Alzheimer’s Drug Drastically Improves Chance of Lucid Dreaming


By: Gaia Staff  |  August 30th, 2018

If you’ve ever tried lucid dreaming you know it can be difficult to train yourself to “wake up” in a dream. The practice can take a lot of trial and error, especially when you wake up inside a dream and get so excited that you snap back to reality. But now, scientists believe they’ve pinpointed a chemical compound that improves one’s ability to lucid dream by up to 42 percent.

A group of scientists studying the Alzheimer’s medication Galantamine, found it had the ability to increase the likelihood that a subject would have a lucid dream as larger doses were administered in a double-blind, placebo-controlled study.

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“On 3 consecutive nights, they awoke approximately 4.5 hours after lights out, recalled a dream, ingested the capsules and stayed out of bed for at least 30 minutes. Participants then returned to bed and practiced the Mnemonic Induction of Lucid Dreams technique while returning to sleep.”

Their results showed that the percentage of subjects who subsequently reported lucid dreams increased with dosage between 4mg and 8mg from 27 percent to 42 percent. They also found the drug increased dream recall, sensory vividness, and complexity.

So, not only are you more likely to wake up in your dreams, but they’re likely to be more intense and easier to remember when you truly awake. Who needs an Oculus Rift, when you have infinite dream worlds to explore?

As it turns out, the active ingredient in Galantamine is an acetylcholinesterase inhibitor (AChEls), a drug that blocks the neurotransmitter acetylcholinesterase, which in turn leads to a buildup of acetylcholine, believed to regulate deep REM sleep associated with dreaming. However, the researchers involved in the study admit they still aren’t sure how this mechanism works.

In addition to AChEls, the drug influences cholinergic neurons in the brainstem that lead to improved memory. Essentially, what scientists believe is happening is that the improved memory induced by the drug increases one’s ability to remember and recognize that one is dreaming. Imagine that – your memory becomes so good that it even improves during your dream state to remind you you’re dreaming.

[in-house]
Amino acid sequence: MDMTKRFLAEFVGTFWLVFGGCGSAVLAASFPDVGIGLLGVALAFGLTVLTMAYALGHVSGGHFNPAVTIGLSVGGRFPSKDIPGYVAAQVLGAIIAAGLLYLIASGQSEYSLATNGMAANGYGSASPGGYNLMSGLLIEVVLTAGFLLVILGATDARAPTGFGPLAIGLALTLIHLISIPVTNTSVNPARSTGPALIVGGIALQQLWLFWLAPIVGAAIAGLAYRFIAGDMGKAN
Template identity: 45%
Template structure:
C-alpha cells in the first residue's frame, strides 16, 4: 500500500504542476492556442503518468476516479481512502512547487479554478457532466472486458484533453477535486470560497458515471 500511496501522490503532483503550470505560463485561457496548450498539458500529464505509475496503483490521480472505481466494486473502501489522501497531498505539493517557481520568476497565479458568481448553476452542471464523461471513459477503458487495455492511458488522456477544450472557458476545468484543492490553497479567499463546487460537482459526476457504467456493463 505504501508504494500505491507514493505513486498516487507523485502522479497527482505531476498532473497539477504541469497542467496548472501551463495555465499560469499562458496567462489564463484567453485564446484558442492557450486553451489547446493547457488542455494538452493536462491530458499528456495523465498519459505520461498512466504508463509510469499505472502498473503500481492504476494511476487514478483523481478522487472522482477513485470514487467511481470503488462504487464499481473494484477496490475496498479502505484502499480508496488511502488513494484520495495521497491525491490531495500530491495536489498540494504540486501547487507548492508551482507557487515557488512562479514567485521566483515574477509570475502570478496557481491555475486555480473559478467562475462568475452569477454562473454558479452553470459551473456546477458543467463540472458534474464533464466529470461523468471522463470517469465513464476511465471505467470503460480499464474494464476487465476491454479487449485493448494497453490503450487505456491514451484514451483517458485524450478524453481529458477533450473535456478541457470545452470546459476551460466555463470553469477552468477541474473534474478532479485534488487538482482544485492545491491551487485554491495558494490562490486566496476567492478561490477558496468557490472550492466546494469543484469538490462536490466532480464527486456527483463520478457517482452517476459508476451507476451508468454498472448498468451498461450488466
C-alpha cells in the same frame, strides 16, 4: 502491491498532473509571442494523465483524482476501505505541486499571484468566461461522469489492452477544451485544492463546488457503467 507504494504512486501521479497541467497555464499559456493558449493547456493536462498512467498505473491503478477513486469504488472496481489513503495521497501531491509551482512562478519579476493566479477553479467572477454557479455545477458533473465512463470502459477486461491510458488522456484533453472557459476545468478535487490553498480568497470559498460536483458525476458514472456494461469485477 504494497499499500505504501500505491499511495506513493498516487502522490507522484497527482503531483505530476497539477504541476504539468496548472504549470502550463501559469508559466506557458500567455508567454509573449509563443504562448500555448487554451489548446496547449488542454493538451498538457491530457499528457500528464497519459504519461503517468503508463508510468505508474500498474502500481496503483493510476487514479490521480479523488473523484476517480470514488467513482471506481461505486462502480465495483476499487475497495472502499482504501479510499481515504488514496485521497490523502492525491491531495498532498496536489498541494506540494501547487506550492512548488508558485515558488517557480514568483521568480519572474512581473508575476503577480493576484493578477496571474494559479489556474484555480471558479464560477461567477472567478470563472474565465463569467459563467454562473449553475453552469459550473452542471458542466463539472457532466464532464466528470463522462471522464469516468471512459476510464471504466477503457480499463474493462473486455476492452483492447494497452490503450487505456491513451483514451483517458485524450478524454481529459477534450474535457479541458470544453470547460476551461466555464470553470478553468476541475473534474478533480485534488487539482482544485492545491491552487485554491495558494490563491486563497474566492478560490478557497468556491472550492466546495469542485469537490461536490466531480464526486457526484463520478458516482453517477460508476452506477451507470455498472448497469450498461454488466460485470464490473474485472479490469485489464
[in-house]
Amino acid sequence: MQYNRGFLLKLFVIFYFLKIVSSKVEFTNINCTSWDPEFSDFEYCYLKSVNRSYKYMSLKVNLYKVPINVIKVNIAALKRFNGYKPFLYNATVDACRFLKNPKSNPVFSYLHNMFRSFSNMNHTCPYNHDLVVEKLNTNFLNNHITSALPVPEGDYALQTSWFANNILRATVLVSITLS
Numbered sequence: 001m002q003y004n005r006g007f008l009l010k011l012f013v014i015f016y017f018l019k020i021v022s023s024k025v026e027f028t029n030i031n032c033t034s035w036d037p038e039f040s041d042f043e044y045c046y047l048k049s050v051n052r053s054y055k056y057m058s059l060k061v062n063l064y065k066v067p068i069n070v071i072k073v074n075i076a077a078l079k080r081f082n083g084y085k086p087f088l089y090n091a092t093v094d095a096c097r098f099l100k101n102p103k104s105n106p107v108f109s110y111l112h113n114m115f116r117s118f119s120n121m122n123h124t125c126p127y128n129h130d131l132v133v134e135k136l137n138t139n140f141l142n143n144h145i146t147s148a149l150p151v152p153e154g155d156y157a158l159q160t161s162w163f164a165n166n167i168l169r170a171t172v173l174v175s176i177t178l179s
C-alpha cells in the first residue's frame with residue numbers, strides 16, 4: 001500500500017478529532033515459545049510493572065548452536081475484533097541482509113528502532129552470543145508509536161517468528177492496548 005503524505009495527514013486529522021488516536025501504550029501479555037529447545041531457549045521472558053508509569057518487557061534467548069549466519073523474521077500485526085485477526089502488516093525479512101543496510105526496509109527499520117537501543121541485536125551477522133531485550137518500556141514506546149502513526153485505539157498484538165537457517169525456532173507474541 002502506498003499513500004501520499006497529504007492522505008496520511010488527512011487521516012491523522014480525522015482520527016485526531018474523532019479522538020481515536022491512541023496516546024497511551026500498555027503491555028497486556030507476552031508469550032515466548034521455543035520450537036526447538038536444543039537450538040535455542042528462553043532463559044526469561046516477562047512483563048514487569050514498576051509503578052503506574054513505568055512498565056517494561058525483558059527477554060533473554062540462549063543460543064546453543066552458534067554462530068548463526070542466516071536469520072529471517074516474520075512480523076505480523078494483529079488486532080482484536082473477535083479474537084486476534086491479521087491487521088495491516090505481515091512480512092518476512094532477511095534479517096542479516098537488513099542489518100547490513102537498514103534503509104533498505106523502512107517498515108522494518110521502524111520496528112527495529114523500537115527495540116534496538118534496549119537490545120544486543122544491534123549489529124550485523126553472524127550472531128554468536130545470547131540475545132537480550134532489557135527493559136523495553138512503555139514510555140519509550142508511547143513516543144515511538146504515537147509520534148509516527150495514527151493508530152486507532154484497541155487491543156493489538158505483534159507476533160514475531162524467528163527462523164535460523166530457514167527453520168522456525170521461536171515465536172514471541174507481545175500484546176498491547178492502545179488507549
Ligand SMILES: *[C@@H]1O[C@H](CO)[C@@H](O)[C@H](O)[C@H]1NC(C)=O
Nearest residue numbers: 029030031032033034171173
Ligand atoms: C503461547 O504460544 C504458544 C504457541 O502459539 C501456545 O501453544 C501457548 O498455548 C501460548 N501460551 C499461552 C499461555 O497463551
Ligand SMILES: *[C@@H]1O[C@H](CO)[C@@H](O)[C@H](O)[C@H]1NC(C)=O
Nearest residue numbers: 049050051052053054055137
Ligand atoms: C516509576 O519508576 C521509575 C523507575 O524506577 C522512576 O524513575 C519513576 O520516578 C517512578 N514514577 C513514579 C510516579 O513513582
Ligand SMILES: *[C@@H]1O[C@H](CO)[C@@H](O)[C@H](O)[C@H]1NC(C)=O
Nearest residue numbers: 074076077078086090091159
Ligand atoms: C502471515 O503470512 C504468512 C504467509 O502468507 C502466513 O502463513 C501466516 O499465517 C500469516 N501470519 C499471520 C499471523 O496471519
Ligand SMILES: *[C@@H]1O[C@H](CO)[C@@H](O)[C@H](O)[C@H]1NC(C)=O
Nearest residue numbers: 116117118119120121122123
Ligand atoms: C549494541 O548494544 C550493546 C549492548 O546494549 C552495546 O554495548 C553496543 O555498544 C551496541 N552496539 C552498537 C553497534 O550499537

They also believe the drug induces a top-down goal directed response, rather than a bottom-up directed response that is associated with habitual responses. Those habitual responses are what makes dreams non-lucid – your mind is used to dreaming when the body goes into this state, but if you change its goal to being aware during this state, it can become cognizant while you dream.

Practiced lucid dreamers cna travel to fantastic places during dreams, having the ability to fly, swim and travel to distant galaxies when they develop dream state awareness. The landscapes contained within our mind are essentially infinite and being able to access them on a whim could lead to a renaissance in human consciousness.

With more tests verifying the safety of this drug on the brains of healthy adults, one day we may all be able to experience lucid dreaming on a regular basis.

 

For more information on Lucid Dreaming, watch Regina Meredith interview neuroscience and consciousness researcher David Jay Brown in this episode of Open Minds:

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